The lawyer-client relationship is a partnership. The lawyer uses legal skills to help a client solve problems and the client cooperates by providing vital information and making decisions about the solution. The lawyer’s words and behavior profoundly affect the strength and value of the partnership from the perspective of the client. Clients do not think and feel about their matters as lawyer do. This disconnect can be the root cause of many problems prevented by avoiding comfortable, but unhelpful, words and phrases.
Communication between an attorney and client, like communication between any two people, is a complex, process of (1) perception of the other’s words and behavior, (2) decisions about what that means, and (3) decisions about what to say or do. What we perceive is limited by our own mental models, life-experiences, and feelings – physical and emotional. It’s easy for two people to share an experience, notice different aspects, reach different conclusions about its meaning and what to do. Amy Herman, in her book Visual Intelligence, explains how even our eyes can deceive us. Our perception mechanism is prone to mistakes.
Whether a prospective client becomes a client, a client becomes a repeat client, or a repeat client becomes a referral source may depend, in part, on your communication skills. Based on my consulting experience, poor communication is at the root of many troubles lawyers have with their clients.
If you want a prospective client to hire you or, at the end of a representation, to be your brand advocate, always think before you speak and speak to develop a trusting relationship. Think about the client experience: what needs to happen at each step and what you could say or do to kill or nurture a partnership. At each point in the client experience, there are words and phrases to avoid.
No Professional Relationship
“I’m a lawyer, working in ABC law firm. We have offices all over the world and can handle any sort of legal problem. My specialty is …”
People are people before they are clients. Tradition tells us that when you meet a stranger, give them your “elevator pitch.” If you go on and on about your practice, your droning will cause this stranger to stop listening. Instead, use a short introduction and then ask the stranger about themselves.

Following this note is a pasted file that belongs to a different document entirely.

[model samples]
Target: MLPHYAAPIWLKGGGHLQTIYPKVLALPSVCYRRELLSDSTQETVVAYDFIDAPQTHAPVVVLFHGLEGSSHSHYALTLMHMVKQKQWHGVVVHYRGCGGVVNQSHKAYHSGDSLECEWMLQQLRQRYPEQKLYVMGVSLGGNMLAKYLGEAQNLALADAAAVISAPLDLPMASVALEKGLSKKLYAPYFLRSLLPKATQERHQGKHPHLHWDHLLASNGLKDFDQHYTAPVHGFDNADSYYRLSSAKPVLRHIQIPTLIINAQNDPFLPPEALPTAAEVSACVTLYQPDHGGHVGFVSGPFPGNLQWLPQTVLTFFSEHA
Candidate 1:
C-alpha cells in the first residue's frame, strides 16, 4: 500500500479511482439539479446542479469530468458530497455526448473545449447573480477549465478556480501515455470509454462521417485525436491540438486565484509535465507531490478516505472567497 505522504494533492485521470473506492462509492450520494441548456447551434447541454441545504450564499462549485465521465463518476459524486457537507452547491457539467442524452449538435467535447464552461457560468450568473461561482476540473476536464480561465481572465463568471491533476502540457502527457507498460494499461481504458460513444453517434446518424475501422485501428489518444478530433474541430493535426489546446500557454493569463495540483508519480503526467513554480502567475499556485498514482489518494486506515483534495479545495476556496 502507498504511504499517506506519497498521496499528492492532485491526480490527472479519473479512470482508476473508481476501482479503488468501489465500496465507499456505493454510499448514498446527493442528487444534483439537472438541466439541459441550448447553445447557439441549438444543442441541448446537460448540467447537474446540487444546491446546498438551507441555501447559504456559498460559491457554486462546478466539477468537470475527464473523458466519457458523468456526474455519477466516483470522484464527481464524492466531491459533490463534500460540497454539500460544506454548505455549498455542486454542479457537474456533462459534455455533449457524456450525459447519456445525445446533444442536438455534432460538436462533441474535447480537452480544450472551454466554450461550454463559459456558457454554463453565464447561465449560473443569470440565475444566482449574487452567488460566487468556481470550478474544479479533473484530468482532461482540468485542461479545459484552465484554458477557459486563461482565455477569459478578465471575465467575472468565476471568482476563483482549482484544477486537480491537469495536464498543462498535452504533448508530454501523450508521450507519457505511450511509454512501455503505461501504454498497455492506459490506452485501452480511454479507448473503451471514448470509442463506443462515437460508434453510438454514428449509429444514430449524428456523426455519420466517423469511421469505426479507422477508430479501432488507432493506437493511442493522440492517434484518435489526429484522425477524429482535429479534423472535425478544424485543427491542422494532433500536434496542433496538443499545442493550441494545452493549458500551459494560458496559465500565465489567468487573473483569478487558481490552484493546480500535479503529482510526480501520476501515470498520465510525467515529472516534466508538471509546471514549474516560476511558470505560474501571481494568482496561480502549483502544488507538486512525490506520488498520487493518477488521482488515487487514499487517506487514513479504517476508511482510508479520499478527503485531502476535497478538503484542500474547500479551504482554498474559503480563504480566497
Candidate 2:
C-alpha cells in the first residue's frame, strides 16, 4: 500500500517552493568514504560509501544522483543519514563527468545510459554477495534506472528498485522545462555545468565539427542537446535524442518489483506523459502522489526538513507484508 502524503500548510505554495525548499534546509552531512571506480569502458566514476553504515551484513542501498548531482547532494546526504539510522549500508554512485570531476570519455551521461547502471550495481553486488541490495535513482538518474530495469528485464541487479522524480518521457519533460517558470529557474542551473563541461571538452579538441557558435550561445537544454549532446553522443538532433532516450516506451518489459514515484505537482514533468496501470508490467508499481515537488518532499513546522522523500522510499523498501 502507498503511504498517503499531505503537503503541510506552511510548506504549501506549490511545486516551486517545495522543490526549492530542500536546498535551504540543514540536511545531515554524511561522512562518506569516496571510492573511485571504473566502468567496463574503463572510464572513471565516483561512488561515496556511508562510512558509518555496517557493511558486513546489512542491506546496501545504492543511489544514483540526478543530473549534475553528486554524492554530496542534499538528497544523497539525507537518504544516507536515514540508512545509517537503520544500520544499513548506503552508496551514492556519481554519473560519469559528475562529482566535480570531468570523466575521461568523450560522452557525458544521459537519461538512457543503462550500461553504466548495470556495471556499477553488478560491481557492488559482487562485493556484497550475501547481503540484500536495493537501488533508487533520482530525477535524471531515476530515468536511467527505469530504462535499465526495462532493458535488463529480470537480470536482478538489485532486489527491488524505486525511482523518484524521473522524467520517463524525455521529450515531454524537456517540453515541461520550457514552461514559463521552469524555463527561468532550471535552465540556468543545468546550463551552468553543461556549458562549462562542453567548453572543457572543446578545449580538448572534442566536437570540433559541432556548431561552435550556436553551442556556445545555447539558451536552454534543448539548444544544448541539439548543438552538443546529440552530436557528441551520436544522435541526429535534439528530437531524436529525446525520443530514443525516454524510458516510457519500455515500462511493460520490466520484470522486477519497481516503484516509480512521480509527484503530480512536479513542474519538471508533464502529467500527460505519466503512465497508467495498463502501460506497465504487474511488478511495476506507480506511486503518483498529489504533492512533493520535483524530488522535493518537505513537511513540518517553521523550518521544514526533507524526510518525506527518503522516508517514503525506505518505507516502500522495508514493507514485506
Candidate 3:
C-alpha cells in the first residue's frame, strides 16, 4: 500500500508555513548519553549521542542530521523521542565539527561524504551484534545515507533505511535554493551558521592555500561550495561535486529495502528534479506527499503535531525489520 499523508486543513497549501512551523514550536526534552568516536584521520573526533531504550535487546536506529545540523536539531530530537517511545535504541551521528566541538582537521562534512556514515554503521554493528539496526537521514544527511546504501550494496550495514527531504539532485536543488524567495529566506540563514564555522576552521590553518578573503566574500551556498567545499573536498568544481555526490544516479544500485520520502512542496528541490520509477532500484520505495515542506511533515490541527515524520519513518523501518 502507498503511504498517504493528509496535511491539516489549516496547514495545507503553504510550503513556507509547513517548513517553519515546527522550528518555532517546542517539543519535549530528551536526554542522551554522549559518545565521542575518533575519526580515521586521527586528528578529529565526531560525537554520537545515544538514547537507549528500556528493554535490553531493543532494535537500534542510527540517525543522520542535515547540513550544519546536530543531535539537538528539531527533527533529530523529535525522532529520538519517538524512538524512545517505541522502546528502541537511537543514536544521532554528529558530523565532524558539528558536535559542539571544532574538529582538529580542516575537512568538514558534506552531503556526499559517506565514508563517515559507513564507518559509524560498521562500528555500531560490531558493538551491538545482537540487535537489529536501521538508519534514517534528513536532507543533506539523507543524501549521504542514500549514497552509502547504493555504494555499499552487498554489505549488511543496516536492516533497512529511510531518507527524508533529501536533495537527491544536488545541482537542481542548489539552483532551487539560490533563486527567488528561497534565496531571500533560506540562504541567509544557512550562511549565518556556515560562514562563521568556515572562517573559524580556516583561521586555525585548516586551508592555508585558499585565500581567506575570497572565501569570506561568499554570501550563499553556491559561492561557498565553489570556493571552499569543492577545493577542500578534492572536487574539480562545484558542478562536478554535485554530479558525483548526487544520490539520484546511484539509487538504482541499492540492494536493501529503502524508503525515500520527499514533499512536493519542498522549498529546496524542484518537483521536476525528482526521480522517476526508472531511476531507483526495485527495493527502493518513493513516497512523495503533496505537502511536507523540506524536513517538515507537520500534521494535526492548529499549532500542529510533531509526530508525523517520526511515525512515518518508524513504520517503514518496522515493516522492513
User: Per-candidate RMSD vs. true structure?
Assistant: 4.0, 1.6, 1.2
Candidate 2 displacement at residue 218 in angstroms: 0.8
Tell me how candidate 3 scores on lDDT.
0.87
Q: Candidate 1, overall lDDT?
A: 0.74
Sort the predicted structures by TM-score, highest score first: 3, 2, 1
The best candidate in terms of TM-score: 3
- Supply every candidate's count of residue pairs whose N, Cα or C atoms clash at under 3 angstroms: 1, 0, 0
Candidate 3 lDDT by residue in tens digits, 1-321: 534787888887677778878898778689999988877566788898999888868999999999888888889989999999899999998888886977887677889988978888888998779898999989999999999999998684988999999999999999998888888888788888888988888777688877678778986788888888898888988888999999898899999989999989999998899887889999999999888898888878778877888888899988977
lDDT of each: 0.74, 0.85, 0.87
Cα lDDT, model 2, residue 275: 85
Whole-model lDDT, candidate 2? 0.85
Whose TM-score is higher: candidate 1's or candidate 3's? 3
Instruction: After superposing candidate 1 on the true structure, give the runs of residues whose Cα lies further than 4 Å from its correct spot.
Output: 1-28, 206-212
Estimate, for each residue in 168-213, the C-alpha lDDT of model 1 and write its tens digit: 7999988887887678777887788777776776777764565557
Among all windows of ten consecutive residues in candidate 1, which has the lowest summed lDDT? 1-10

“I can help you with that problem. This is how I would approach it.” OR
“Where is your business located? How many people do you employ? How long have you been in business? …”
When one realizes the person needs a lawyer, many lawyers immediately talk about their expertise and experience, advocating for their hire. Alternatively, they spend too much time asking basic situation questions.
The best way to turn a prospective client into a client is by asking questions about their problem. Getting the prospect to talk about problems demonstrates that you care and are listening. It also makes problems feel more acute. After surfacing a problem, ask about the consequences of not addressing it. Then ask about the benefit of solving it. After you have gotten prospects to talk about the benefits of solving the problem, you can ask them how they would feel were the solution standing next to them.
“You’re going to win this case.”
“Don’t worry. I’ll handling everything.”
When the prospect is ready to become a client, the relationship should be formalised. What you say should be aligned with what you write in the formal agreement and required by your ethics rules.
The formal agreement should clearly define the scope of your relationship with the client. This limits future claims from the client that go beyond the boundaries in your mind. Be clear about the scope of work you will perform, what you charge for, when you expect to be paid, whether interest will be charged for unpaid amounts due, and what will happen if the client continues to not pay. Guide expectations before, during, and at the end of an engagement to avoid subsequent surprises.
Silence is among the bigger problems that get lawyers into trouble. Clients expect to be kept informed, even when there is no new information. Return calls and emails within 24 hours. Communicate with clients at least every 6 weeks with a status update and to ask how they are. Use an out-of-office email notice when there may be a delay in returning a client’s call. When clients’ expectations are met, it’s easier to manage the relationship and create a positive experience.
When a person enters a profession, part of the socialisation is learning and sharing the jargon. Use of jargon is a boundary builder. It binds together people while excluding others. When you use jargon with your clients, the boundary is sharpened and the partnership weakened.
“Your final bill is…”
Naturally, your client needs to know what they owe you, but they need to hear, “thank you” and you need feedback. You can learn from criticisms and complements. Ask how often they would like you to keep in touch and their preferred medium of connection.
A robust and rich attorney-client partnership is created by managing expectations at every step of the client experience. Remember, what you say, may not be what your client hears.